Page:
I like the New Liturgical Movement's commentary on the Eastern Rite below this photo:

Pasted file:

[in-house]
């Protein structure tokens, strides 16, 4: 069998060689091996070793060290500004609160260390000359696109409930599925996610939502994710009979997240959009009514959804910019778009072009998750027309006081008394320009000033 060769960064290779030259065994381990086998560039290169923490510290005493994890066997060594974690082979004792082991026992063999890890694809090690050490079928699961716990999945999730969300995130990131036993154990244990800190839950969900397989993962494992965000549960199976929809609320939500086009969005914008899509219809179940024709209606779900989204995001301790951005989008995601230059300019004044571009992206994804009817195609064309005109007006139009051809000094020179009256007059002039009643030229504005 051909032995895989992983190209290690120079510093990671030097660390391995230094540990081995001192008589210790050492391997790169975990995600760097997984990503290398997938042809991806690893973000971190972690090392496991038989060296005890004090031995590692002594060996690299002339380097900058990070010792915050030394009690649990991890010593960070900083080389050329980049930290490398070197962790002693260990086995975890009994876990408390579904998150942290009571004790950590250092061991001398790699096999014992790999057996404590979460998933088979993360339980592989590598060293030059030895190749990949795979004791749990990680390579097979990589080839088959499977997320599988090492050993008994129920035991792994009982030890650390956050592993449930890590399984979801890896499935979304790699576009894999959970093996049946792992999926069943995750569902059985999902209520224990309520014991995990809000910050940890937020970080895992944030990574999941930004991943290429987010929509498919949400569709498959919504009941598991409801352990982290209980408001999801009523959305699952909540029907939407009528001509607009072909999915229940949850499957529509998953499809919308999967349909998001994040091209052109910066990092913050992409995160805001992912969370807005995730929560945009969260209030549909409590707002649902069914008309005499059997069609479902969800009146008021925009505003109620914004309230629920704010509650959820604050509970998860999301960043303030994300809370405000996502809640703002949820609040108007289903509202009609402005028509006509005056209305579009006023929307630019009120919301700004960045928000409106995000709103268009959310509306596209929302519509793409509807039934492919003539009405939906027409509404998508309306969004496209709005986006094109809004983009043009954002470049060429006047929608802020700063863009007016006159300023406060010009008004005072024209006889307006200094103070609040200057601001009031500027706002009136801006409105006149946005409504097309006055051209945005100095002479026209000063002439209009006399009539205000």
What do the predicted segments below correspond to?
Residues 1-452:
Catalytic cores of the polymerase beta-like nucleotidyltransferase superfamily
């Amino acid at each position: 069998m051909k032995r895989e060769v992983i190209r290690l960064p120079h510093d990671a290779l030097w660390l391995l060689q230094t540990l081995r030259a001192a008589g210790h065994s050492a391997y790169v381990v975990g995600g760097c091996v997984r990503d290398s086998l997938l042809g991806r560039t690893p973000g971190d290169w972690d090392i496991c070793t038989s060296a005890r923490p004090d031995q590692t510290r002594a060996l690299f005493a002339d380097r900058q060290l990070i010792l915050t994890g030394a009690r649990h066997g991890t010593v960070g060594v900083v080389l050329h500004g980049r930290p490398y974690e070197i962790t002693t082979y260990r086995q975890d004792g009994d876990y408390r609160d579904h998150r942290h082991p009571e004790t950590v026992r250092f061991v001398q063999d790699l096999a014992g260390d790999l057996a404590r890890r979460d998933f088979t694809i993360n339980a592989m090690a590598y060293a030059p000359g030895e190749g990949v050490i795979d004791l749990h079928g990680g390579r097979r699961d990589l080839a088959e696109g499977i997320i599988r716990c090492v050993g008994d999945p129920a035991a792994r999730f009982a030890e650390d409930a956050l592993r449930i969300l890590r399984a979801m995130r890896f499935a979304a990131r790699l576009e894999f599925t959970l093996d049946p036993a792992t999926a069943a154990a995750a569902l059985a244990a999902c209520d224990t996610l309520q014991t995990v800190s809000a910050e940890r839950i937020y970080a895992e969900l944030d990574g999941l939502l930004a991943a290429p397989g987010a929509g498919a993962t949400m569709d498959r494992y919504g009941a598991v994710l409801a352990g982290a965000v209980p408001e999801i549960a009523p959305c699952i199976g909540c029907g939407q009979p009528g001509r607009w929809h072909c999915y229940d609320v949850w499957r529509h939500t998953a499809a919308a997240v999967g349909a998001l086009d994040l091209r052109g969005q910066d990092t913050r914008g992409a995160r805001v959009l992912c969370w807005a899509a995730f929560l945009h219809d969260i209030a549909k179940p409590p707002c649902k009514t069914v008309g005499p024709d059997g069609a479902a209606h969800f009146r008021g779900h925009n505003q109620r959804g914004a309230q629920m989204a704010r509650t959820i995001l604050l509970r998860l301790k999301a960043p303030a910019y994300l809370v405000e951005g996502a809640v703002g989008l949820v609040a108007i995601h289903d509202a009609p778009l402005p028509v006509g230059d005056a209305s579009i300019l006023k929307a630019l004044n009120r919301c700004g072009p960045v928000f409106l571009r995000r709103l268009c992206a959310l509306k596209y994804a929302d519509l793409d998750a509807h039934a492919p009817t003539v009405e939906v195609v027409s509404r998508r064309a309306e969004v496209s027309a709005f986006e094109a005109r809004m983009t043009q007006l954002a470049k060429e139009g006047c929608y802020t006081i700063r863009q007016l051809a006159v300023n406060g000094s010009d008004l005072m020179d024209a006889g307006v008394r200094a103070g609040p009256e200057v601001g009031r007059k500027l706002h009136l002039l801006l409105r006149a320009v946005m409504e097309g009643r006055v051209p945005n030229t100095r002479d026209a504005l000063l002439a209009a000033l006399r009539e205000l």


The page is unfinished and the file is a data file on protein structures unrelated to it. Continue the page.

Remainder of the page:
It is currently, for some odd reason, fashionable to admire the colorful extravagance of the Byzantine liturgy while contemptuously dismissing anything in the Latin tradition suggestive of the same. We admire gigantic gold vessels and rich vestments in the East while settling for unsightly cups and drab drapes in the West; we catch our breaths at an impressive iconostasis, while shaking our heads at altar rails and other signs of separation between the nave and the sanctuary; we extol the marvelous poetry of the kontakion or troparion sung to a haunting traditional melody, while leaving our own incomparable Gregorian repertoire out in the cold. I doubt NLM readers are afflicted with this peculiar double standard or hypocrisy, but its ubiquitous presence in the halls of academia and power suggests that we are dealing with a psychological disorder, a kind of self-loathing that compels some people to strip themselves of the treasures of "the other" and to force themselves into a plainness that is almost a punishment or an echo chamber of one's own emptiness. We can point to the beauty elsewhere, like a tourist passing through Versailles, as long as we deprive ourselves of it here and now, and suffer our democratic fate.